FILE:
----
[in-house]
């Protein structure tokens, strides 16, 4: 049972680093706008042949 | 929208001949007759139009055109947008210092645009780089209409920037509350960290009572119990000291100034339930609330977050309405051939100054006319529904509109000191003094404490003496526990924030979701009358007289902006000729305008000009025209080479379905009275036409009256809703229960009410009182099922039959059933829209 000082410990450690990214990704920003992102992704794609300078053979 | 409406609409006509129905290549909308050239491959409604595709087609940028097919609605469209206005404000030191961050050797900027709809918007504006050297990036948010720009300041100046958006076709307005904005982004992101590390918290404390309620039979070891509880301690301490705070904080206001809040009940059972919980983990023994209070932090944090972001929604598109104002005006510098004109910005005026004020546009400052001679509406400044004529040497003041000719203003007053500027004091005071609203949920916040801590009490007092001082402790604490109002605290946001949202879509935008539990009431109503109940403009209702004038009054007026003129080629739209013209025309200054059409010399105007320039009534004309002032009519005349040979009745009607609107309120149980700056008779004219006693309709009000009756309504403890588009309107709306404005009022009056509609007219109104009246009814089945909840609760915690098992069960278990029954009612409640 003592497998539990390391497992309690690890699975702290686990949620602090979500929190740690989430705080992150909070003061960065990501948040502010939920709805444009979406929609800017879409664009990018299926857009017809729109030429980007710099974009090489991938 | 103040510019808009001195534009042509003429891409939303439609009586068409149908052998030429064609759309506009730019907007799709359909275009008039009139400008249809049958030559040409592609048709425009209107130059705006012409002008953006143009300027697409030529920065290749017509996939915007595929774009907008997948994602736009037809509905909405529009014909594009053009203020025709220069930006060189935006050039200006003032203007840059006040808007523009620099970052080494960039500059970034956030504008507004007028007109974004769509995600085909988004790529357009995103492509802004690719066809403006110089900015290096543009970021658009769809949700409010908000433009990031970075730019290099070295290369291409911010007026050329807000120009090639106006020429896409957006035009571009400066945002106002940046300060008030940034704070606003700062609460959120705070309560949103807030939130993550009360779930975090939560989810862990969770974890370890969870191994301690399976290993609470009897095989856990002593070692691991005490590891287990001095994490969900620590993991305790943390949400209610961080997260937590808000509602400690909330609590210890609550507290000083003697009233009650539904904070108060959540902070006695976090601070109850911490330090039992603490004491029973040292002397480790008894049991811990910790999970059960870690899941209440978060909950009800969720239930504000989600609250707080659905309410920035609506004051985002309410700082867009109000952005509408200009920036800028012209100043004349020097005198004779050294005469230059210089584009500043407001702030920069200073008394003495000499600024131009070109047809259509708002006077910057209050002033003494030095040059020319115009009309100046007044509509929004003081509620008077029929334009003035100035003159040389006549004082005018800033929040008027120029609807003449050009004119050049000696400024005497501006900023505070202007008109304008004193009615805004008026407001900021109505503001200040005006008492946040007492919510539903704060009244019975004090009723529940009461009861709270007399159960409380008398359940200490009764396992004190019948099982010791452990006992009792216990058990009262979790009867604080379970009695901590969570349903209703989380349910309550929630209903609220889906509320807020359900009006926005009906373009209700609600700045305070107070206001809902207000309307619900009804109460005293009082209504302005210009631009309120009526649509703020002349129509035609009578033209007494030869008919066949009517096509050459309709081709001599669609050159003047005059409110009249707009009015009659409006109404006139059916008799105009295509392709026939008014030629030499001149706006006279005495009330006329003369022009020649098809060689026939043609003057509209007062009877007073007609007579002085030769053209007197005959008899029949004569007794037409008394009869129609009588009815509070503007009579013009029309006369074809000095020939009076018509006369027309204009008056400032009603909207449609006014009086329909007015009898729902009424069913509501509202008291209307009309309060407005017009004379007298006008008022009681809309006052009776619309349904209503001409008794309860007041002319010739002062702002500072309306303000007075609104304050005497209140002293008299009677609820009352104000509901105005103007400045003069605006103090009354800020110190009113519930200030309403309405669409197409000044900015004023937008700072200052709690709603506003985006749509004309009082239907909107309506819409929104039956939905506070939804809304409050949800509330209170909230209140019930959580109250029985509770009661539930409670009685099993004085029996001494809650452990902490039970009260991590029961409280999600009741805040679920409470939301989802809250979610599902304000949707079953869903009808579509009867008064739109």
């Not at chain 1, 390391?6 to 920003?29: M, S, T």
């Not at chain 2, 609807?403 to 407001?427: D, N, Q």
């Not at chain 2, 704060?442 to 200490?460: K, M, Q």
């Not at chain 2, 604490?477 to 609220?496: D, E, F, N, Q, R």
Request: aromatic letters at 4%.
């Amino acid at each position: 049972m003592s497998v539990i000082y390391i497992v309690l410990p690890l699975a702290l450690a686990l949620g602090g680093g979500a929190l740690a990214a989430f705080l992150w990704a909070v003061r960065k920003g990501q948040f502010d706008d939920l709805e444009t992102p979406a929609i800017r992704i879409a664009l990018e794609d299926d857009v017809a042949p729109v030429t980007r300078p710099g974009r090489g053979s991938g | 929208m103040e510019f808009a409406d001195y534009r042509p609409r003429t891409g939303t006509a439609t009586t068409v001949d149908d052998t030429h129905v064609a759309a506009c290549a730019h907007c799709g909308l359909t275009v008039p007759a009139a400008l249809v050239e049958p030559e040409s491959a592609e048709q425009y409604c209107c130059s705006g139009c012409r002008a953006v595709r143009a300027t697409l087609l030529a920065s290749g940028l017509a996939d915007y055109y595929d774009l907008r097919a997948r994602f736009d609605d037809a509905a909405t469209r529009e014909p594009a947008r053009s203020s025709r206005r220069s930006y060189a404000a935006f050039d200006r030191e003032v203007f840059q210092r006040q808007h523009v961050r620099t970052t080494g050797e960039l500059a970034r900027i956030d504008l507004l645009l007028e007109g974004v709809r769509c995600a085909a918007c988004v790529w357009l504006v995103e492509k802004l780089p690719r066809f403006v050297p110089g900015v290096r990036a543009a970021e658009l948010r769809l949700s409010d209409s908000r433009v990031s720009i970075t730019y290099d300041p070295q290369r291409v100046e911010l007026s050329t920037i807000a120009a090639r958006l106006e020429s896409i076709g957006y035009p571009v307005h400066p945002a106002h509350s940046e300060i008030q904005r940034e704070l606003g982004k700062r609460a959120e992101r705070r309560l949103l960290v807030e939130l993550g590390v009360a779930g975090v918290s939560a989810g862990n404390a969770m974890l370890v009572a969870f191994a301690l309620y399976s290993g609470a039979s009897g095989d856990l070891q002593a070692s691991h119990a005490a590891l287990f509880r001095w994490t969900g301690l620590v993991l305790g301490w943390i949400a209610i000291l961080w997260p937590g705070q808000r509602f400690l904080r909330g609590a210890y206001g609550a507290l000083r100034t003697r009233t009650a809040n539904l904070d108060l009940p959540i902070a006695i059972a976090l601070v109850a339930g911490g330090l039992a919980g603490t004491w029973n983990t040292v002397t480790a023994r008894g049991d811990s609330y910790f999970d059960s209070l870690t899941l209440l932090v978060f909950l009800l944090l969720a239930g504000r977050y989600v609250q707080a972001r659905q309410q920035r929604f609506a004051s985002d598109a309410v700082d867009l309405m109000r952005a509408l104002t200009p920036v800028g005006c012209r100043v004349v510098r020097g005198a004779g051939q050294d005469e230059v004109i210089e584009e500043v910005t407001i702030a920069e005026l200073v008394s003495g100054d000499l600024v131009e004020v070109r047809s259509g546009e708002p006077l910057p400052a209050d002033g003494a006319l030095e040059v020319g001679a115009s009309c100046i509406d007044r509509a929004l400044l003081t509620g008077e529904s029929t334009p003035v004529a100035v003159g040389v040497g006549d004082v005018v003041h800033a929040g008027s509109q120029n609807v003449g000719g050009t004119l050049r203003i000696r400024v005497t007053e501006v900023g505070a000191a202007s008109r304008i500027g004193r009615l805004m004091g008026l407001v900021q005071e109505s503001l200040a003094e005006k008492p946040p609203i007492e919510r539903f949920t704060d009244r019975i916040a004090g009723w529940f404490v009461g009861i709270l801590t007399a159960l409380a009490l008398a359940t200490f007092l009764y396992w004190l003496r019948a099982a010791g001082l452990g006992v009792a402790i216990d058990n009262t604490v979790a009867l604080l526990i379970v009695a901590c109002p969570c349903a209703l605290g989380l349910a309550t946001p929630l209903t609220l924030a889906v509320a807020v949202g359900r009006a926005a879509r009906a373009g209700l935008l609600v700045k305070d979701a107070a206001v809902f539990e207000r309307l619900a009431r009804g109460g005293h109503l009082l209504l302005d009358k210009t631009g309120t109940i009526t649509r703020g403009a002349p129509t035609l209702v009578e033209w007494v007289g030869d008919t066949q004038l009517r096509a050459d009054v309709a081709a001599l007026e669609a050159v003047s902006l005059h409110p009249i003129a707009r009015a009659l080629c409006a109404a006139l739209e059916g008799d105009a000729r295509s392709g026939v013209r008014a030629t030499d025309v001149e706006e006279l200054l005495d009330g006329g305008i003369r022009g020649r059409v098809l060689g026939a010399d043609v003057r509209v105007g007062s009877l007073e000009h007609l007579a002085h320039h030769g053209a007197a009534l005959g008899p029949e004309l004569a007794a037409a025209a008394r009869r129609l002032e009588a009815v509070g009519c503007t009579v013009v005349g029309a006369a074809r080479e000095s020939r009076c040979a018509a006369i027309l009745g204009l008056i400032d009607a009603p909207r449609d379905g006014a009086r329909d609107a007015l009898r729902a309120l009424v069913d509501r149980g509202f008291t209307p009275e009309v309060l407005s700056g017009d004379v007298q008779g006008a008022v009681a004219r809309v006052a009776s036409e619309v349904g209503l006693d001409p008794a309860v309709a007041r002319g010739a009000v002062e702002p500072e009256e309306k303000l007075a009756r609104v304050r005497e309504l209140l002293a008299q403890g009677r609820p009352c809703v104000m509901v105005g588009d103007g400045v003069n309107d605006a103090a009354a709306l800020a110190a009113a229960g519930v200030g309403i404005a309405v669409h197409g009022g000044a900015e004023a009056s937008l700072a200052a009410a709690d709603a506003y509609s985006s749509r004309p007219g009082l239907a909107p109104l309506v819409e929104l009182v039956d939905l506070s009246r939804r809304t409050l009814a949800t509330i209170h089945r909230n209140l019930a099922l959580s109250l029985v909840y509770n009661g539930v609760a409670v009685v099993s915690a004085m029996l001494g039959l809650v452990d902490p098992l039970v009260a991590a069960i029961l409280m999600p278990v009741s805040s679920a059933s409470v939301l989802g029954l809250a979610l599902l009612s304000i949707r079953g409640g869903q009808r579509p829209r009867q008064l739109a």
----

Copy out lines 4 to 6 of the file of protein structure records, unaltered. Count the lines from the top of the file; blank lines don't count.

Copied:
């Not at chain 2, 609807?403 to 407001?427: D, N, Q």
């Not at chain 2, 704060?442 to 200490?460: K, M, Q």
């Not at chain 2, 604490?477 to 609220?496: D, E, F, N, Q, R």